Next Generation Supply Chain – Building The Circular Economy
It might be dismaying, if not shocking, to learn that humanity’s demand for natural resources far exceeds what the planet is capable of regenerating. We currently consume the equivalent of around 1.7 earths every year. With global demand increasing, it is expected by 2050 that we will need the equivalent of 3 earths. Our current resource consumption rates are obviously unsustainable, and if we continue on our current trajectory, we’ll inevitably deplete all of the planet’s resources.
As the global population continues to grow and the demand for goods increases in-kind, there’s mounting pressure on companies to produce more, and more quickly, in order to stay relevant. To meet this fevered demand, humanity has relied on linear ‘take‑make‑waste’ supply chains and disposable-economy models. Products get thrown away and become landfills. Yet more are produced to meet an ever-growing need.
Electronic equipment waste, in particular, represents one of the most glaring threats to our planet’s long-term stability. The United Nations estimates that the current 53 million tonnes of e-waste generated every year will double by 2050, making it the world’s fastest-growing waste stream. Likewise, global plastics production currently totals over 360 million metric tons per year. 50% of those are single-use plastics–they’re produced, used once, and thrown away. The cumulative total of plastics produced is now over 8-billion tons worldwide, with around 10 million of those tons ending up in our oceans each year.
It’s time for the disposable, ‘take-make-waste’ economy that humanity created to change. To slow down the wanton consumption of earth’s natural resources, stop plastic pollution and raw-materials waste, we need a circular economy that works for all of us. The good news is, steps are being taken toward just such a model.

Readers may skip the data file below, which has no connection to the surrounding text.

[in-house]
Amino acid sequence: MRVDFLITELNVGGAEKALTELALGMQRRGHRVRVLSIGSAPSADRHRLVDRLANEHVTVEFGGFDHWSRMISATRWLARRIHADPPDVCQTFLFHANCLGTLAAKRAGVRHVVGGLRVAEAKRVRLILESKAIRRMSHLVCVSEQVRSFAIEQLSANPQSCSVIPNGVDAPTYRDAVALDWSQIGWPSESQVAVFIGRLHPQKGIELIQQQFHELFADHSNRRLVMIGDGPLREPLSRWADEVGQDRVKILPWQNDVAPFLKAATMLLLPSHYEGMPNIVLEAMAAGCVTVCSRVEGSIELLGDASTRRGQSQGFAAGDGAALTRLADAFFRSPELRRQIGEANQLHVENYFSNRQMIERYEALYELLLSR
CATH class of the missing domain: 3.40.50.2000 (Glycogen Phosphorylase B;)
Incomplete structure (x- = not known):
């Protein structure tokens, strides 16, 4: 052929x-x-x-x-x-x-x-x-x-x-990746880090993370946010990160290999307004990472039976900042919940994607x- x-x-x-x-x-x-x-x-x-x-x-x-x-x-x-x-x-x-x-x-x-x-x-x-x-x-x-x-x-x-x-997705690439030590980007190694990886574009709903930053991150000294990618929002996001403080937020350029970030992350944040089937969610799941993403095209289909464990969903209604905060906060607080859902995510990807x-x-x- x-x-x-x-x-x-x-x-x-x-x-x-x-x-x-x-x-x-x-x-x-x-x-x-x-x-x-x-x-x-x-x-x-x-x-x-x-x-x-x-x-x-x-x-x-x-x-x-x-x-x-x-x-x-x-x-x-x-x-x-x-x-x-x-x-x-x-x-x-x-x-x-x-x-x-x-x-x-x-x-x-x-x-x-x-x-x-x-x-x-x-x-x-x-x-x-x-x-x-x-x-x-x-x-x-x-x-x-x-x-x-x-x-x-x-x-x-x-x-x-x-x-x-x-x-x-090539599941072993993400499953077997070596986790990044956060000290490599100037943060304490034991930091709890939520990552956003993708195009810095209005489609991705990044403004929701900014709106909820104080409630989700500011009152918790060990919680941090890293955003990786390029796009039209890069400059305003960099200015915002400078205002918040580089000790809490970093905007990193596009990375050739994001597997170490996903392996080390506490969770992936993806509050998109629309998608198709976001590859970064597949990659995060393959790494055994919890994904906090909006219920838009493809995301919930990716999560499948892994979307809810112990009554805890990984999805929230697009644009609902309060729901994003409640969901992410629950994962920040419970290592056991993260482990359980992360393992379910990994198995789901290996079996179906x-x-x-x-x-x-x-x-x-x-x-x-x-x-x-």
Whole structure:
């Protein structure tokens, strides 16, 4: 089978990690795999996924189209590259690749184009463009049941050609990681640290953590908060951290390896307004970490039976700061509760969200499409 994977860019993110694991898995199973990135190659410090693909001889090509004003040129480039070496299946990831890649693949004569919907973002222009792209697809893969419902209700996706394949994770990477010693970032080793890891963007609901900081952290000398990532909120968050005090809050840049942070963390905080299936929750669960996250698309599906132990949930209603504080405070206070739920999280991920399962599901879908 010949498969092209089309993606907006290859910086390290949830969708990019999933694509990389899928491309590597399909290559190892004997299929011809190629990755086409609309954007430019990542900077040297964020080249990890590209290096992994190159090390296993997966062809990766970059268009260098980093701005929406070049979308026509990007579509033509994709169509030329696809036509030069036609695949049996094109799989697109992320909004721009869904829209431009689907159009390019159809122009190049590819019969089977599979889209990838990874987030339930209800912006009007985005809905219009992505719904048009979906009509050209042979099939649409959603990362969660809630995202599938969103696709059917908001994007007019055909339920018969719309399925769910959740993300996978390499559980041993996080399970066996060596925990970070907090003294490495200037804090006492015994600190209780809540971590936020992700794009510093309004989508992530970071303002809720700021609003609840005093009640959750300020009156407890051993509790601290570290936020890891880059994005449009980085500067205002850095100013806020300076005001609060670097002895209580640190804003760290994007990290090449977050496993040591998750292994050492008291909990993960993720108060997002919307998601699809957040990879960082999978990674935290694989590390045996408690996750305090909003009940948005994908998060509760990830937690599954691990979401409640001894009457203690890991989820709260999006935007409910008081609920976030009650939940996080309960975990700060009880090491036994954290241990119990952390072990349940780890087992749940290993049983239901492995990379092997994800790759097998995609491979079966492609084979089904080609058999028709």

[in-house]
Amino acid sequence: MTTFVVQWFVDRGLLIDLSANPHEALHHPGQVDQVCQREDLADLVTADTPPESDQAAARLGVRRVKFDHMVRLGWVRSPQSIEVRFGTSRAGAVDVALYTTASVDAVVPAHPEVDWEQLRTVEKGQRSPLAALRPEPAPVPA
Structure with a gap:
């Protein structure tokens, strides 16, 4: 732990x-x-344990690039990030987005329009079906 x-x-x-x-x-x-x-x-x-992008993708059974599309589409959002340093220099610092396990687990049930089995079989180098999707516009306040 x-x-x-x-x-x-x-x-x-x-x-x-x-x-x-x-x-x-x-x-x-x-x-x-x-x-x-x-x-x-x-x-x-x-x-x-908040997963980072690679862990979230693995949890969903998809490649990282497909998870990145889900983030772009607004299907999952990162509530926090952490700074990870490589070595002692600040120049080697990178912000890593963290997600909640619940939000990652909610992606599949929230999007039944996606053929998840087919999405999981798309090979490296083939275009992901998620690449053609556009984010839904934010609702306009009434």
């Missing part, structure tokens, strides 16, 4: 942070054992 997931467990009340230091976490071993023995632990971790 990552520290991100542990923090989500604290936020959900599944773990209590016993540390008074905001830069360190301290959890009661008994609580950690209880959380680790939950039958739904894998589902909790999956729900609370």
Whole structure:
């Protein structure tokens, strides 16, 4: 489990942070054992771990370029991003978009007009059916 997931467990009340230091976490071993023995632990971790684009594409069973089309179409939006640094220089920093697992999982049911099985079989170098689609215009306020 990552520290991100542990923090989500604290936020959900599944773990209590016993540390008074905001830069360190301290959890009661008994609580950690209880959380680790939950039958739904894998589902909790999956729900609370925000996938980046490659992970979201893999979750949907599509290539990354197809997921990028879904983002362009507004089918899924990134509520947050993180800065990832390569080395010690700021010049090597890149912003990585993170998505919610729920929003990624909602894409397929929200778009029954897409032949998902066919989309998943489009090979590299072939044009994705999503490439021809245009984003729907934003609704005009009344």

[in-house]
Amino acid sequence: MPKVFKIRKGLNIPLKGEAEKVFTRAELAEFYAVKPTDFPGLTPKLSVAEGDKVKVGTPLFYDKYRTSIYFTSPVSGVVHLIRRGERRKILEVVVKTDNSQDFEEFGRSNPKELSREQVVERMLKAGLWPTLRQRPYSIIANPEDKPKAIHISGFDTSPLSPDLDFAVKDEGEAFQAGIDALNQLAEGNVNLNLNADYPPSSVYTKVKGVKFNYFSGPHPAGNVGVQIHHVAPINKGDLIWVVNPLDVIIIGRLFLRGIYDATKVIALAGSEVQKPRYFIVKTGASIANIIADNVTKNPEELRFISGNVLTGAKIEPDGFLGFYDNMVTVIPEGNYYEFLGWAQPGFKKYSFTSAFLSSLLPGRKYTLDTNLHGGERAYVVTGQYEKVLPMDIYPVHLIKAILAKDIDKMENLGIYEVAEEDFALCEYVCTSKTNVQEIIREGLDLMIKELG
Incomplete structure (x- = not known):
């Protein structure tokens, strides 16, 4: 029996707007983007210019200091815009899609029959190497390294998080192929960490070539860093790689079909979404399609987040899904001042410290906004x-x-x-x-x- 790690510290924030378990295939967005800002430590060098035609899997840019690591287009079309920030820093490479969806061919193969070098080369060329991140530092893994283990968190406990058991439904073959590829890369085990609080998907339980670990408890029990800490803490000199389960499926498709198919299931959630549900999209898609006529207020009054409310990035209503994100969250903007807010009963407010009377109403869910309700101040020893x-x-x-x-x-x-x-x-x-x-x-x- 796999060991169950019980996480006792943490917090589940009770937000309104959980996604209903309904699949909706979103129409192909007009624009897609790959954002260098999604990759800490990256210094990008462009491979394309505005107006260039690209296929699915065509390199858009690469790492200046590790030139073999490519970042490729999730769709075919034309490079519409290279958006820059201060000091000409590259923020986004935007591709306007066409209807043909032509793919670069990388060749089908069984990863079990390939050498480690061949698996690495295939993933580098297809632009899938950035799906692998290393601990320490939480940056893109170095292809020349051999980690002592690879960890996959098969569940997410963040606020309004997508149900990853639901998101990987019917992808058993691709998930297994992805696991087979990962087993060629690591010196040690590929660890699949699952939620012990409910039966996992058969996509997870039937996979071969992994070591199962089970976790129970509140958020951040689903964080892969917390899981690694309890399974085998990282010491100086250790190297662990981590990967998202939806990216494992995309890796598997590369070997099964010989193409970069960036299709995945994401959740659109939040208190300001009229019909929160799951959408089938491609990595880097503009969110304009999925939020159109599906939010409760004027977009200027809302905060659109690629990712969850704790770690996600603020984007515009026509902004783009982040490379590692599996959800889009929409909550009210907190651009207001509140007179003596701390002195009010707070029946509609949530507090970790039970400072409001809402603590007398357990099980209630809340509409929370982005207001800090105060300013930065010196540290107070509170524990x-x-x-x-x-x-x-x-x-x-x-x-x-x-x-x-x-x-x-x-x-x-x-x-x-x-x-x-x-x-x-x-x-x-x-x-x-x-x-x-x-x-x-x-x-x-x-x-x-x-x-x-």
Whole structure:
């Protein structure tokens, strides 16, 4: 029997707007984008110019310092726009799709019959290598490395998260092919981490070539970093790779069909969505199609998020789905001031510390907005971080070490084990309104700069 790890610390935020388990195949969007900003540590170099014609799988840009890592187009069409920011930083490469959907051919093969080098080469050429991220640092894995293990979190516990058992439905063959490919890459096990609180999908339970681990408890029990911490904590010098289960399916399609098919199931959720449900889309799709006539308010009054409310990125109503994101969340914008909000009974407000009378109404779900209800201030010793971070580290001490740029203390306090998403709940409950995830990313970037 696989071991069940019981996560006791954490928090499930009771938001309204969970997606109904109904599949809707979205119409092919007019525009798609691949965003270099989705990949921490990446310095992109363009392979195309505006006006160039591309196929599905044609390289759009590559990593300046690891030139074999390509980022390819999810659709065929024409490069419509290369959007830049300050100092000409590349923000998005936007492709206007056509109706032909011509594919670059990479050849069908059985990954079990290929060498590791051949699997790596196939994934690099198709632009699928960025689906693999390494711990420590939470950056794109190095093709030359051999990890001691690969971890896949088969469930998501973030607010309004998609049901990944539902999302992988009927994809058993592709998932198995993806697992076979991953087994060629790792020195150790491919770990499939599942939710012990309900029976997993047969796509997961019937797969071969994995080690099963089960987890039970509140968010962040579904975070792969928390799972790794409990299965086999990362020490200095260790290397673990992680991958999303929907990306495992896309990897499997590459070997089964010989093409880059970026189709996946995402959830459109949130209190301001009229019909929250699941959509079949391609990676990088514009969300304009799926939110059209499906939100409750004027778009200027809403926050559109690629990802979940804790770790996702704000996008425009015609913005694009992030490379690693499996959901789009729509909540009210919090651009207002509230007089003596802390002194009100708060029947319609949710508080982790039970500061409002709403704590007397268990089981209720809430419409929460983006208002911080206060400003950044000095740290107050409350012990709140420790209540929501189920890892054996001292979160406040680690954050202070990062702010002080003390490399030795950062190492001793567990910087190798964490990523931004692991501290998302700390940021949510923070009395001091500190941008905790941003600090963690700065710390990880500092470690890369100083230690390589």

Slowing Down the Natural Resource Consumption Rate
Manufacturers need to reduce the consumption of natural resources by recycling raw materials from end-of-use products and reconditioning or repurposing their components for use in new products.
By using digital and IoT technology, for example, manufacturers can empower consumers and employees to monitor the usage, performance, and overall integrity of factory or household equipment. Sensor technology can help predict problems and equipment failures, facilitate proactive maintenance, and ensure equipment remains viable at critical junctures.
Products will need to be designed with both end-of-use and remanufacture in mind. This requires designing-in processes for disassembly to reclaim raw materials and components that can be reconditioned, reused, or remanufactured.
When products are no longer viable, AI and robotics technology can salvage useful remnants from those products. For example, Apple uses a robot [Daisy] to disassemble iPhones to reclaim and conserve high-quality and precious materials in an energy-efficient way. Daisy dismantles 200 iPhones per hour and methodically places collected materials in appropriate containers. By using digital technology, manufacturers can assess returned products and materials for refurbishment, re-manufacture, or resale at a relatively low cost, and by keeping the same materials in circulation longer, they’ll constrain the rate of natural resource consumption.
Recovering End-of-Use Products for Remanufacture
Manufacturers need to increase the probability of recovering end-of-use products in order to reuse components or reclaim raw materials for new products.
To that end, they can offer direct-to-consumer, subscription-based ‘Product-as-a-Service’ mechanisms that use sensor technology to monitor product consumption and usage up until end-of-use. The manufacturer can then provide the consumer with an automated direct replacement of the product while collecting any vessels, cartridges, or containers for reincorporation in the manufacturing process.
In this scenario, the manufacturer’s reduced consumption dovetails with them gaining better insight into the consumer’s product experience by understanding the frequency of use in demand/replacement cycles.